When it comes time to sign the paperwork, make sure that all numbers on the purchase agreement and lease agreement match the written offer. You should also double check that the VIN on the paperwork matches the one on the listing and Monroney.

Request a lease

You have to lease through the dealer to get a lease that a manufacturer offers. However, you are free to shop around for a better lease deal. Online leasing brokers, banks and other lenders offer car leasing.

Leasing is more than financing through a loan. Comparing a car lease includes more than just the monthly amount. Before making a leasing decision, always get a list of all initial costs, down payments, fees, and the money factor.

Another term unique to leasing is “capitalized cost reduction,” which is any amount that reduces the final amount used to calculate lease payments. A down payment or trade-in are examples of capitalized cost savings. To evaluate a lease offer, you need to know how much the capitalized cost reduction is.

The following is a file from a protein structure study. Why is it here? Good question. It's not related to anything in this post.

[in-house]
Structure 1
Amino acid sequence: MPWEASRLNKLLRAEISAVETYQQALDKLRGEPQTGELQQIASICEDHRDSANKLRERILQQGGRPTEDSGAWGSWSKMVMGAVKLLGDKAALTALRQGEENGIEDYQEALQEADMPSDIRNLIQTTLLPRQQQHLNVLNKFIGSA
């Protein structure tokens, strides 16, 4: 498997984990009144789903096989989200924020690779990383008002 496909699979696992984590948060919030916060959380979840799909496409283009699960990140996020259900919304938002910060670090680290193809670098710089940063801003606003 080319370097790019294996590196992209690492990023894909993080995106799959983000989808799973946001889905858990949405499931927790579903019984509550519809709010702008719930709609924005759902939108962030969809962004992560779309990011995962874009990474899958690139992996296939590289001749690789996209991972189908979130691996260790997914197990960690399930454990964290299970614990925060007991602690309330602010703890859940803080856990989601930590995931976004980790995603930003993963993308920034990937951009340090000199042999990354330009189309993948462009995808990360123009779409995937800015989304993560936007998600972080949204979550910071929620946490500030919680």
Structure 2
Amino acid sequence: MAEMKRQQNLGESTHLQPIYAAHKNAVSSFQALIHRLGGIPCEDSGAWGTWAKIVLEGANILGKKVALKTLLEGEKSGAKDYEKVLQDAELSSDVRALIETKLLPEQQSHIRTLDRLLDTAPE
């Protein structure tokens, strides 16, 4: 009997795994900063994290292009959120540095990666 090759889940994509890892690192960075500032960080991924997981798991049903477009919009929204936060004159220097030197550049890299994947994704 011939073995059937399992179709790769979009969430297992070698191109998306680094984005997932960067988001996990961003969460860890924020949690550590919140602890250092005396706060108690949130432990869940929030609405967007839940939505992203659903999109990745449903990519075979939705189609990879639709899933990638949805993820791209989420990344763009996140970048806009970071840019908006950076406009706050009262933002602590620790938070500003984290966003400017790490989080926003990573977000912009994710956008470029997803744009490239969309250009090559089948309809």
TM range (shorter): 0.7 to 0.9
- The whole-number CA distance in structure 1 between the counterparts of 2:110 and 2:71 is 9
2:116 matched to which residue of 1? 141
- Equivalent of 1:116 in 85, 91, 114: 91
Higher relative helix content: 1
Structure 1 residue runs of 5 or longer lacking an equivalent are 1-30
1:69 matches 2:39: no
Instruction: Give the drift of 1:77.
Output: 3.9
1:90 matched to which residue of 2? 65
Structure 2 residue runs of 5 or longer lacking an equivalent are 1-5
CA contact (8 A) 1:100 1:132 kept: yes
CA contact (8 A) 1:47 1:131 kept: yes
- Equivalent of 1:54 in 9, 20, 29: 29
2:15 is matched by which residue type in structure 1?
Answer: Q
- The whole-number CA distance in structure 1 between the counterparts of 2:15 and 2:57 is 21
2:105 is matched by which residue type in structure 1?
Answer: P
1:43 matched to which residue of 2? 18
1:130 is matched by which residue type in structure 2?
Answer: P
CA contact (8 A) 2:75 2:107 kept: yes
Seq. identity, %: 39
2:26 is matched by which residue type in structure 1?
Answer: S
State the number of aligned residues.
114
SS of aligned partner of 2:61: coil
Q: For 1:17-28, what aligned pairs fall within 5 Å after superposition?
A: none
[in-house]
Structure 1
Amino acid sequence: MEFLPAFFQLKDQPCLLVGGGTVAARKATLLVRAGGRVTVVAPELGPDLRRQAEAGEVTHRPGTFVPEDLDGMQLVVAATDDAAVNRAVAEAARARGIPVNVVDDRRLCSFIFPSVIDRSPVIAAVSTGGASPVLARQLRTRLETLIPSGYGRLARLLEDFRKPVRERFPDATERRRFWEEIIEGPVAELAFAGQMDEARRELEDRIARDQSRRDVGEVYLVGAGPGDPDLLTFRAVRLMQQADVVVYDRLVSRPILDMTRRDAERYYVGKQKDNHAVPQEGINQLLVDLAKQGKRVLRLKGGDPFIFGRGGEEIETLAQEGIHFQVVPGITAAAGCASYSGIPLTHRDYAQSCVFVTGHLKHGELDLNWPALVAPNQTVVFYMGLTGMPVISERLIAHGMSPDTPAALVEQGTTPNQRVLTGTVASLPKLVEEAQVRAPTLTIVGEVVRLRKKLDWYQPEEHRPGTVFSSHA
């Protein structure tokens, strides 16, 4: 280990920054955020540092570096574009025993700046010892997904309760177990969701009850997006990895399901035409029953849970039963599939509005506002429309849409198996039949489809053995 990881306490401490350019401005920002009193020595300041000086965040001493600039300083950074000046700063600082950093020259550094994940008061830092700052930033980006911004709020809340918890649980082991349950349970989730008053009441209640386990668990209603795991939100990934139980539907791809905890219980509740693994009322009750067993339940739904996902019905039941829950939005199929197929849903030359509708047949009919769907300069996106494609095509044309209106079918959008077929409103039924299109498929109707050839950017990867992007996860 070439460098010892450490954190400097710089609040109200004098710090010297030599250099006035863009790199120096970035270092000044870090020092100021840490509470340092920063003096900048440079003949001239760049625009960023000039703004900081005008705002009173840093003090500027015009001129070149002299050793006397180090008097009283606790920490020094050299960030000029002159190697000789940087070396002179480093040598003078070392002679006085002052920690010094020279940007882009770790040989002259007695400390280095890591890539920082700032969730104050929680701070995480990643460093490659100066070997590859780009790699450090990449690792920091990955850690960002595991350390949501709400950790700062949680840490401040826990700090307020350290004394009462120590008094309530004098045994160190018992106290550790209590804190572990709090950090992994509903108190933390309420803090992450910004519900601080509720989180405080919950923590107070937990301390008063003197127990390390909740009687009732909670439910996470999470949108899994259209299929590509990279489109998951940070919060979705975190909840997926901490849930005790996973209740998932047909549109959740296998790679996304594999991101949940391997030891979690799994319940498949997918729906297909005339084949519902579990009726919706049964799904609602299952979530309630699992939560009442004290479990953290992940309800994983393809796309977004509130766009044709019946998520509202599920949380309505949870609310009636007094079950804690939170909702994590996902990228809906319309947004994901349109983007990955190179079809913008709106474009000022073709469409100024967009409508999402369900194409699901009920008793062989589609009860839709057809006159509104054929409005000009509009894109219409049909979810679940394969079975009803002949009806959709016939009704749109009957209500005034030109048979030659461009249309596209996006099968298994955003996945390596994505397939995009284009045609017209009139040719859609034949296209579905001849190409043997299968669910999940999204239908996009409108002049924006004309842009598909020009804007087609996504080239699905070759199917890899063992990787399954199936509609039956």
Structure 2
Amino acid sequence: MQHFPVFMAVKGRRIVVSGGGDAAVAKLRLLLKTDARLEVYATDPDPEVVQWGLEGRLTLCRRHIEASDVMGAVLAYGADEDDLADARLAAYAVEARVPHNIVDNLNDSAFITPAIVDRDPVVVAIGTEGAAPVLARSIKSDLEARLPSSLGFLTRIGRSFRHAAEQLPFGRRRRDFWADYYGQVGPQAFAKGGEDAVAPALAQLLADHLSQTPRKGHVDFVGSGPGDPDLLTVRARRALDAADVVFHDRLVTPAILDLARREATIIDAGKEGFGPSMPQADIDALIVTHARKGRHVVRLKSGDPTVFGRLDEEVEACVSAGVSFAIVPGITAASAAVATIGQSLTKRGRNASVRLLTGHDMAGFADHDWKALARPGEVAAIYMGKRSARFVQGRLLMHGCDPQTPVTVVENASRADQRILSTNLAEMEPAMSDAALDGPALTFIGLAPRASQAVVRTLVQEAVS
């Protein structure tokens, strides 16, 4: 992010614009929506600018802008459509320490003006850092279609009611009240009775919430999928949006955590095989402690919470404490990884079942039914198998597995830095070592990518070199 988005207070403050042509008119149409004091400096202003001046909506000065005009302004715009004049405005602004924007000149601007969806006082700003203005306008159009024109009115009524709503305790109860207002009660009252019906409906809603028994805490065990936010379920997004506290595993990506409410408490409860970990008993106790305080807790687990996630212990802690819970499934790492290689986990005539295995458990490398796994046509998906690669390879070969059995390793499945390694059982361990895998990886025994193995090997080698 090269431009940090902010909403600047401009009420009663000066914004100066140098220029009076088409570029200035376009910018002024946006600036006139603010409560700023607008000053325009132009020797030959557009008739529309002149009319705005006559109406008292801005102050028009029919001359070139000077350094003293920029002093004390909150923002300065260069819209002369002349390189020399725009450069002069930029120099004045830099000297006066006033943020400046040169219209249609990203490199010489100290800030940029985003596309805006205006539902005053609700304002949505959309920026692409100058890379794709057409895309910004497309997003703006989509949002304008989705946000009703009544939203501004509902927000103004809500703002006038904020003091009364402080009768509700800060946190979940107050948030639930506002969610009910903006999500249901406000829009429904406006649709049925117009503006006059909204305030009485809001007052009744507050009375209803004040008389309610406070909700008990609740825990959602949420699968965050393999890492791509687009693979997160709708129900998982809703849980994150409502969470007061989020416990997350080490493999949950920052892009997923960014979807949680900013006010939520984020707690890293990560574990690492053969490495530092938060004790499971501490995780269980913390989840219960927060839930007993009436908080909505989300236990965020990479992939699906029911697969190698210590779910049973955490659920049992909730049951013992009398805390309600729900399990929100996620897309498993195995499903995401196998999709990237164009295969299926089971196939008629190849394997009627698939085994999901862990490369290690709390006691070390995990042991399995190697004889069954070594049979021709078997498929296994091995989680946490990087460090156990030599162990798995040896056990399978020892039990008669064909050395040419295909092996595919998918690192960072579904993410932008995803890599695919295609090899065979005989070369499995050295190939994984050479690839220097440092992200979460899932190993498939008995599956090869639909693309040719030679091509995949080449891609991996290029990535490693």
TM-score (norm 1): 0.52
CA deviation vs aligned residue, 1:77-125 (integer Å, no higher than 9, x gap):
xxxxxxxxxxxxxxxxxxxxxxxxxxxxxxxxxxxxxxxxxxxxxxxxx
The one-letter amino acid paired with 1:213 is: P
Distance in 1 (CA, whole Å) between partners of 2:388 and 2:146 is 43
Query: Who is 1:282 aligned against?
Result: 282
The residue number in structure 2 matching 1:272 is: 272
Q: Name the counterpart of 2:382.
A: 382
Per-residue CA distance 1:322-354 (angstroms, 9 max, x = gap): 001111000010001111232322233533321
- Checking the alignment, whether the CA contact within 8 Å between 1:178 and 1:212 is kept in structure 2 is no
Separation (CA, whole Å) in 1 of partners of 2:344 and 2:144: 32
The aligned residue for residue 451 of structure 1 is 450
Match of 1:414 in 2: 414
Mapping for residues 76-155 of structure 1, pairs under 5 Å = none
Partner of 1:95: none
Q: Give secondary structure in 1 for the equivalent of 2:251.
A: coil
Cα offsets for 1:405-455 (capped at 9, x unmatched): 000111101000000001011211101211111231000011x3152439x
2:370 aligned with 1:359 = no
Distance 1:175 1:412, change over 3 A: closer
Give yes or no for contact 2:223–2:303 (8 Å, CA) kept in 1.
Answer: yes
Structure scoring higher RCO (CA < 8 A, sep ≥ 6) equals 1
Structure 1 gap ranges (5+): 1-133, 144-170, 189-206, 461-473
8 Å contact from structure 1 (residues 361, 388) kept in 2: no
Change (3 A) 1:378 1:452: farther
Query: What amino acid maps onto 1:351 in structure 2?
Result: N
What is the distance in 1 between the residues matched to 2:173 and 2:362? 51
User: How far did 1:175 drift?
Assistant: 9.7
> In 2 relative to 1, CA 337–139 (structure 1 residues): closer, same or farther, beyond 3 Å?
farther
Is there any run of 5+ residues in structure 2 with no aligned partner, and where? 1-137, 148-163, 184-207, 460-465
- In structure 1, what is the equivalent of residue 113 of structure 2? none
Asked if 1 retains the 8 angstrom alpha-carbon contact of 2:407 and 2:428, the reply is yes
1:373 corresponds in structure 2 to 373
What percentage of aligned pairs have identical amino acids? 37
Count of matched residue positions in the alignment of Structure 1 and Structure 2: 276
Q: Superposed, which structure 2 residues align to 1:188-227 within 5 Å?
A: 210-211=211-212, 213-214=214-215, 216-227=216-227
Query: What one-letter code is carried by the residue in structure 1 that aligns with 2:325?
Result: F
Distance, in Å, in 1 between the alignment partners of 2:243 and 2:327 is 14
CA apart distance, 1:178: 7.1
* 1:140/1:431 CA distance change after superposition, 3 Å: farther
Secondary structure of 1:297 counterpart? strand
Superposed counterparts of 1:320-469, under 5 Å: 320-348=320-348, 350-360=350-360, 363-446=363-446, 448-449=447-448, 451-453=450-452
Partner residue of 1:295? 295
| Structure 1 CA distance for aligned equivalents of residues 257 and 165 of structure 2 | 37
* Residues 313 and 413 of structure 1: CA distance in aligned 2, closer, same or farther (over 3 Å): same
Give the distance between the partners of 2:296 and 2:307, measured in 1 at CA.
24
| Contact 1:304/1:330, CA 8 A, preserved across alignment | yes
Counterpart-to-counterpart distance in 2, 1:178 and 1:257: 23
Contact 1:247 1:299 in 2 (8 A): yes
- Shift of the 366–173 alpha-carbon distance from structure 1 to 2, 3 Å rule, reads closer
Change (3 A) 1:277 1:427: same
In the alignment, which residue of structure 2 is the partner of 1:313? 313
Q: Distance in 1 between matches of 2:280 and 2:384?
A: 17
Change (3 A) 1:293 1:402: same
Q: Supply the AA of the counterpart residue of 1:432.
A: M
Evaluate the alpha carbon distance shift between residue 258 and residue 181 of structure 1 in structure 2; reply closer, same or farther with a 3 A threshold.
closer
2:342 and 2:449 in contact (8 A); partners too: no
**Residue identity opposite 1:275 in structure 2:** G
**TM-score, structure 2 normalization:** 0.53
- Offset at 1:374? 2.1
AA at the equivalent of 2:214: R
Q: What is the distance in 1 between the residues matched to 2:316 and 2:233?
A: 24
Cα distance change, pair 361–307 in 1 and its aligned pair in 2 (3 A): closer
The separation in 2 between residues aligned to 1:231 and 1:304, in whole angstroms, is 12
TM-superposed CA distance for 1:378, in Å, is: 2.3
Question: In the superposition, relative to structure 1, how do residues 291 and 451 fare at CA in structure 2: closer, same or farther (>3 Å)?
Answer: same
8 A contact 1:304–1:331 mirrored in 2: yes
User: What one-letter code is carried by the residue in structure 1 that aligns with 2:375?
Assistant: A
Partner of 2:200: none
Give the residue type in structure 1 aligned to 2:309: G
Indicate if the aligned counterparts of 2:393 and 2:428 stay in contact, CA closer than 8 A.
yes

Fill out the paperwork

If you don’t want to go to the dealer or other leasing company to fill out the paperwork, the dealer or leasing company can send someone to you. Or the dealer can arrange it overnight with a postal service instead of sending someone with the paperwork to you. Establish how and who will handle the paperwork early in conversations, emails, or chats with the landlord.

We recommend that you return the paperwork in person if the dealer is nearby or within a short drive. This will allow you to keep an eye on the vehicle if you have not already done so. You can check the VIN and so on before handing over the paperwork. Be sure to call ahead to make an appointment to view the car and complete the paperwork if you choose to go in person.

Bring the car to you

Delivery is another aspect of the purchase that you should clarify early in the shopping process. If the dealer is nearby, they may have a procedure to deliver the car to your home or work. You can also choose to pick it up yourself when it suits you. If the dealership is not nearby, you will need to arrange a transportation service to pick it up and deliver it to you. Your dealer contact may be able to help organize long distance deliveries if required.